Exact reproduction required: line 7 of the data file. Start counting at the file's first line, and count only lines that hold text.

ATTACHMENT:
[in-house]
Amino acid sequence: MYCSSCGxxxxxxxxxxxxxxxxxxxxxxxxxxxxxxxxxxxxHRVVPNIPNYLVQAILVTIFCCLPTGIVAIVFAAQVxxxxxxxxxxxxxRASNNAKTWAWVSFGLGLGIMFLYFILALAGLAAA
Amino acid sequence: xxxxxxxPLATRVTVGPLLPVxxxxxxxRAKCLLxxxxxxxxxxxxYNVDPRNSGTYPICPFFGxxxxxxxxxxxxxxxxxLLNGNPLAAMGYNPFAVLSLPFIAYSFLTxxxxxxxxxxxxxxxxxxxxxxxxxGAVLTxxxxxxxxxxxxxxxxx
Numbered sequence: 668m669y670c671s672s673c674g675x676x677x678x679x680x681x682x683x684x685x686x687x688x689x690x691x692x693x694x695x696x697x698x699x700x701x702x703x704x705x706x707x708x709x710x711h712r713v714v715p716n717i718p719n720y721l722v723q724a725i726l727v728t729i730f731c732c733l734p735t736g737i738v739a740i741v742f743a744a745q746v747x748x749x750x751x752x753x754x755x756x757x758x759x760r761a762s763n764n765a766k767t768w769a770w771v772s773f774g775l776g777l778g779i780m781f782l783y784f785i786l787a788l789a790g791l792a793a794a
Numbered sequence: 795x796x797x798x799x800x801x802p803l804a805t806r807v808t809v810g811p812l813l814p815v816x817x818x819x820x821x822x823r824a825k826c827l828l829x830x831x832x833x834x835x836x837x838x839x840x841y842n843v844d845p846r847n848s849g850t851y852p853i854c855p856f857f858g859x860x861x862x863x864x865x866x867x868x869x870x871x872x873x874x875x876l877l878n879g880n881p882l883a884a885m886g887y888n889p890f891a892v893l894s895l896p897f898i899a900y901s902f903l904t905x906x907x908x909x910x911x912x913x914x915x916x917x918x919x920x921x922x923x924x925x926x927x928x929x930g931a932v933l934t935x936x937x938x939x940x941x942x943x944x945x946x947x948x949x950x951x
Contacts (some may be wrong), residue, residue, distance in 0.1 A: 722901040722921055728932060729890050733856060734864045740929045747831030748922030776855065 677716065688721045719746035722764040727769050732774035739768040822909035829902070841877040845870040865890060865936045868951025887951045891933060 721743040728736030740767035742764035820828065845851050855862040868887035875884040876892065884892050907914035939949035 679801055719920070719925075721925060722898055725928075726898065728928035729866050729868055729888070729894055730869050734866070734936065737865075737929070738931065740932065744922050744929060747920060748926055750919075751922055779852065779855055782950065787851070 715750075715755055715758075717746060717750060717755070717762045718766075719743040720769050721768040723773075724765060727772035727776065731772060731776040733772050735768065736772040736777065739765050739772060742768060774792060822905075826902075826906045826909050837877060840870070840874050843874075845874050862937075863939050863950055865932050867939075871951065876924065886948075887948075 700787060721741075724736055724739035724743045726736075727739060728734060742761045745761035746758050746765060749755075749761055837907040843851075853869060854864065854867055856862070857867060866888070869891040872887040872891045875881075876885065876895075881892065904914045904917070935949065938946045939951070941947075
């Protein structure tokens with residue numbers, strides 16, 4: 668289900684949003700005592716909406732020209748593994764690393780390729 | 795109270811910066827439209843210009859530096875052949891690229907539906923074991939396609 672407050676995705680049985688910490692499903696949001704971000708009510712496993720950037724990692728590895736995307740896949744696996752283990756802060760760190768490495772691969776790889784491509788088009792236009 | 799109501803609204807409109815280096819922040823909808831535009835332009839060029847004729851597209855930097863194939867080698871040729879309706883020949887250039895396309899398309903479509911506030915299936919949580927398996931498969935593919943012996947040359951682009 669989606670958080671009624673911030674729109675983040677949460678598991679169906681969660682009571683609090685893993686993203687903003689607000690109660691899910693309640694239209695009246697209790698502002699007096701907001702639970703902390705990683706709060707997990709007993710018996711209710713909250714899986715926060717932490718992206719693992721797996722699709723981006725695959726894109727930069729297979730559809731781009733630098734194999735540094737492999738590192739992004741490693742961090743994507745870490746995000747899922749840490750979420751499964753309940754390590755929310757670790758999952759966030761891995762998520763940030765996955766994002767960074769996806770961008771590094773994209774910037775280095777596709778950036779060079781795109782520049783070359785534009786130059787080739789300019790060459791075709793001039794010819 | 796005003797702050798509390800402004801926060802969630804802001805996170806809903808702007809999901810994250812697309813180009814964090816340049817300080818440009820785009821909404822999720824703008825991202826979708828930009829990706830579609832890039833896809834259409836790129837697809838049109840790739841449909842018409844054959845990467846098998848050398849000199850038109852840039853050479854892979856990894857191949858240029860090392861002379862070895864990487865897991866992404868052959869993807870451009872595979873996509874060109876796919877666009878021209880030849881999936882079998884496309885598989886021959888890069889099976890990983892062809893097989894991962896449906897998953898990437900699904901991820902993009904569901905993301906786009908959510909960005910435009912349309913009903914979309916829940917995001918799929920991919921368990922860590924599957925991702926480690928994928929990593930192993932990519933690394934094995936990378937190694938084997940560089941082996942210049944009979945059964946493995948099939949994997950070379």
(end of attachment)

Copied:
């Protein structure tokens with residue numbers, strides 16, 4: 668289900684949003700005592716909406732020209748593994764690393780390729 | 795109270811910066827439209843210009859530096875052949891690229907539906923074991939396609 672407050676995705680049985688910490692499903696949001704971000708009510712496993720950037724990692728590895736995307740896949744696996752283990756802060760760190768490495772691969776790889784491509788088009792236009 | 799109501803609204807409109815280096819922040823909808831535009835332009839060029847004729851597209855930097863194939867080698871040729879309706883020949887250039895396309899398309903479509911506030915299936919949580927398996931498969935593919943012996947040359951682009 669989606670958080671009624673911030674729109675983040677949460678598991679169906681969660682009571683609090685893993686993203687903003689607000690109660691899910693309640694239209695009246697209790698502002699007096701907001702639970703902390705990683706709060707997990709007993710018996711209710713909250714899986715926060717932490718992206719693992721797996722699709723981006725695959726894109727930069729297979730559809731781009733630098734194999735540094737492999738590192739992004741490693742961090743994507745870490746995000747899922749840490750979420751499964753309940754390590755929310757670790758999952759966030761891995762998520763940030765996955766994002767960074769996806770961008771590094773994209774910037775280095777596709778950036779060079781795109782520049783070359785534009786130059787080739789300019790060459791075709793001039794010819 | 796005003797702050798509390800402004801926060802969630804802001805996170806809903808702007809999901810994250812697309813180009814964090816340049817300080818440009820785009821909404822999720824703008825991202826979708828930009829990706830579609832890039833896809834259409836790129837697809838049109840790739841449909842018409844054959845990467846098998848050398849000199850038109852840039853050479854892979856990894857191949858240029860090392861002379862070895864990487865897991866992404868052959869993807870451009872595979873996509874060109876796919877666009878021209880030849881999936882079998884496309885598989886021959888890069889099976890990983892062809893097989894991962896449906897998953898990437900699904901991820902993009904569901905993301906786009908959510909960005910435009912349309913009903914979309916829940917995001918799929920991919921368990922860590924599957925991702926480690928994928929990593930192993932990519933690394934094995936990378937190694938084997940560089941082996942210049944009979945059964946493995948099939949994997950070379």